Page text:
Today's mini-muffin recipe is especially easy to adapt to using only the measuring bowl. As you'll see in the recipe, I first layer in the cranberry sauce and applesauce and then pour the canola oil over:

 
3/4 cup cranberries + 1/4 cup applesauce + 1/4 cup canola oil = 1 1/4 cup total. (Though I realize now that the angle of the photo makes this look like 1 1/2 cups, it really is the right amount. As I said before, I am definitely not a pro at food photography!)

Then I add the eggs, brown sugar, and spices:

 

At this point, I beat everything together until well mixed. The clear glass helps me to see if I have any spots where some of the ingredients didn't get stirred in.



Now to the dry ingredients and the other "basic tool" that I have had for decades, literally! This, my friends who may be a little new to baking, is a flour sifter!




Probably the most important thing a flour sifter does is make sure that those "concentrated" ingredients like baking soda, baking powder, spices, and even cocoa are evenly distributed throughout the flour. I know that many, many people no longer have one of these, and you can get by without one. If the recipe says "sift together...," then you can just put all those ingredients in a large bowl and stir well with a fork to be sure that everything is evenly mixed. If you ever make the mistake of not thoroughly sifting or stirring in the baking soda, I can tell you from sad experience that you may get very uneven rising--and some bites will not taste good at all!

Wait, you may say. If it is so important to sift the spices along with the flour, why do I suggest adding them with the wet ingredients here?



When I am doing a lot of baking, I don't always wash my sifter between every recipe! If the only things going into the sifter are flour, baking soda, and/or baking powder, there is no problem with just reusing the sifter without washing. If I don't want to use the same spices in consecutive recipes, there could be a residue left in the sifter from one to the next. Thus, I long ago learned that spices can  be evenly mixed in with a very liquid set of ingredients, and my sifter would be left for only those more basic ingredients. So for this recipe, I have used my somewhat unorthodox method. If this sounds heretical to you, do feel free to sift those spices in with the flour.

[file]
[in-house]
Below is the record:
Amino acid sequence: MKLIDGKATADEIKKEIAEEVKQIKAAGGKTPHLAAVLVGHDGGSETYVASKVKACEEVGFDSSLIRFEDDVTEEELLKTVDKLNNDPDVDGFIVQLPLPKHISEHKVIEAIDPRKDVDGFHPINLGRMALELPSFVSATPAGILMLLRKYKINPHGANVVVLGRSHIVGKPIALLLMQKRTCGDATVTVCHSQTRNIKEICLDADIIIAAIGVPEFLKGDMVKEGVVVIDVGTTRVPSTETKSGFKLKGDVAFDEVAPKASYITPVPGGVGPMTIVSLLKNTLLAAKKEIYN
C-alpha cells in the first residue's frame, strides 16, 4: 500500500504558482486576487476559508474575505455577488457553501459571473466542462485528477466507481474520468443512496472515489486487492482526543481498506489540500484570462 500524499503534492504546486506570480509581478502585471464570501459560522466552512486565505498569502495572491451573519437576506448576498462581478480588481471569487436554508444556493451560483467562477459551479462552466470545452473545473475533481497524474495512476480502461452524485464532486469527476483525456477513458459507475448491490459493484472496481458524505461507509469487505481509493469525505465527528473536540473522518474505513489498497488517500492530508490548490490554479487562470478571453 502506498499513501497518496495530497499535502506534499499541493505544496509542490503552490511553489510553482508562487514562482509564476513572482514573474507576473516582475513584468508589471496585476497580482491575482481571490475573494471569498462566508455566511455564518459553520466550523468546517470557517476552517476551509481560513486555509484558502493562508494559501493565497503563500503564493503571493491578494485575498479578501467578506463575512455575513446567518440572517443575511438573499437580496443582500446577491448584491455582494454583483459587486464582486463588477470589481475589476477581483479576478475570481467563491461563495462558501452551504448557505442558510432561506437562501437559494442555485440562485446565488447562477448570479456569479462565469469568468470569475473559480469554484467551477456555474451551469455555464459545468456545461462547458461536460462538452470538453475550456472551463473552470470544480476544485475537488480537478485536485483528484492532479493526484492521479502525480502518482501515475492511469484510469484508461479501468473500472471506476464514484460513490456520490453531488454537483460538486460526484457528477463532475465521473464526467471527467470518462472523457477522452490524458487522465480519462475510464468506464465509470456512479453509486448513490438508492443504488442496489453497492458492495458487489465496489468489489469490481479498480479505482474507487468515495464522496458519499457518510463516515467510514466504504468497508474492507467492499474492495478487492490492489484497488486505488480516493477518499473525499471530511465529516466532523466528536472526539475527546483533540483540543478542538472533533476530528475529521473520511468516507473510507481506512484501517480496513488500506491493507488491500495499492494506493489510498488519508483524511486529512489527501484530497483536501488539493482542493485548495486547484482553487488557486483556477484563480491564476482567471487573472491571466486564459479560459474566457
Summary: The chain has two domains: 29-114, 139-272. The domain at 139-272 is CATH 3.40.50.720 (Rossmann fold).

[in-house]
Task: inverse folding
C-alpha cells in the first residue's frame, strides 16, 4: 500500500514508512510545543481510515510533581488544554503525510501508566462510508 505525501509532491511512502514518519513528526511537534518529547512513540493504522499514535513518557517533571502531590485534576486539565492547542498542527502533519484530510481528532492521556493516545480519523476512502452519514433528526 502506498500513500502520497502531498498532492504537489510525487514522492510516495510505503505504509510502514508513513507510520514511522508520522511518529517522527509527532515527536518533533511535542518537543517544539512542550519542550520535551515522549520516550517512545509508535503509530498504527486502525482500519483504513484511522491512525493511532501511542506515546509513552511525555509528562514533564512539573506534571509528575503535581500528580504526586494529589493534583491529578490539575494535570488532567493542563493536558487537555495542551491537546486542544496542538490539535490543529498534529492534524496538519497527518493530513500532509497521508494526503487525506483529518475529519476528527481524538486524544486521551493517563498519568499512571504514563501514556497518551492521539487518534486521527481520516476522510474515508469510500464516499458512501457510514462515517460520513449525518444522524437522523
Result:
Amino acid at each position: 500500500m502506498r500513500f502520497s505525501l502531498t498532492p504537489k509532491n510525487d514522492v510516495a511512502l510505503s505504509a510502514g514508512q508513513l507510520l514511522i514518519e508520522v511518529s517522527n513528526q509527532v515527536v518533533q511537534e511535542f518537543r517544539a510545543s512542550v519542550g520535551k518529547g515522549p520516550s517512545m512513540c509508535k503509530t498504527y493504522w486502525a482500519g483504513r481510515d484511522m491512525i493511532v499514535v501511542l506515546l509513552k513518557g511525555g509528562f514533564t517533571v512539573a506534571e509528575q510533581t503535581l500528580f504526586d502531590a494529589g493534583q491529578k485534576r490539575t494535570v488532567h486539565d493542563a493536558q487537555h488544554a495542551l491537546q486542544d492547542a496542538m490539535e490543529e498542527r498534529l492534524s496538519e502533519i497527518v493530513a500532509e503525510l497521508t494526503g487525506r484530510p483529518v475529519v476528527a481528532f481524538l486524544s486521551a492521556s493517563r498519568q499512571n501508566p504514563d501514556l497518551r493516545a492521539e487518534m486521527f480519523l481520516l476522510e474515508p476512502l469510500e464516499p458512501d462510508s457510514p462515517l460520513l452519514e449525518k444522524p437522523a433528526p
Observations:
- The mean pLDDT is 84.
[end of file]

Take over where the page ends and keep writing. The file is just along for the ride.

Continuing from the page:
Now, finally, on to the recipe.

If you are like most people I know, cranberry relish is a very seasonal dish, so you might well have a can of cranberry sauce left over from Thanksgiving or Christmas. Instead of having that linger on the shelf until next fall, this is a good way to use it up.

Cranberry Applesauce Mini Muffins

3/4 c cranberry sauce--the "whole berry" kind if you are using canned
1/4 c unsweetened applesauce, preferably homemade!
1/4 c canola oil
2 eggs
1/3 c brown sugar
1 t cinnamon
1/2 t nutmeg
1/2 t ginger
1 1/2 c flour--either unbleached, whole wheat, or a mixture of the two
1 t baking soda
1/2 t baking powder

1.  Preheat the oven to 350 degrees and use non-stick cooking spray to prepare enough mini muffin pans for 36 muffins. Be sure to cover each litle cup completely to avoid any sticking!

2.  Put the first 8 ingredients in a clear glass quart measure or other large bowl, in the order listed. Beat until thoroughly mixed.

3.  Sift the flour, soda, and baking powder together (or mix with a fork in a second bowl). Pour over the liquid ingredients and stir gently with a fork just until blended. Try not to over-mix.

4.  Spoon the batter into the greased pans. Bake at 350 degrees for 12 to 15 minutes, until the muffins are nicely browned and spring back if touched lightly.

5.  Remove from oven and loosen from pans as soon as possible. Cool.



Makes 36 mini muffins.

If you prefer to make regular size muffins, this recipe will make about 12. Bake at 350 for approximately 16 to 20 minutes.

Saturday, December 30, 2017

Pumpkin Apple Bread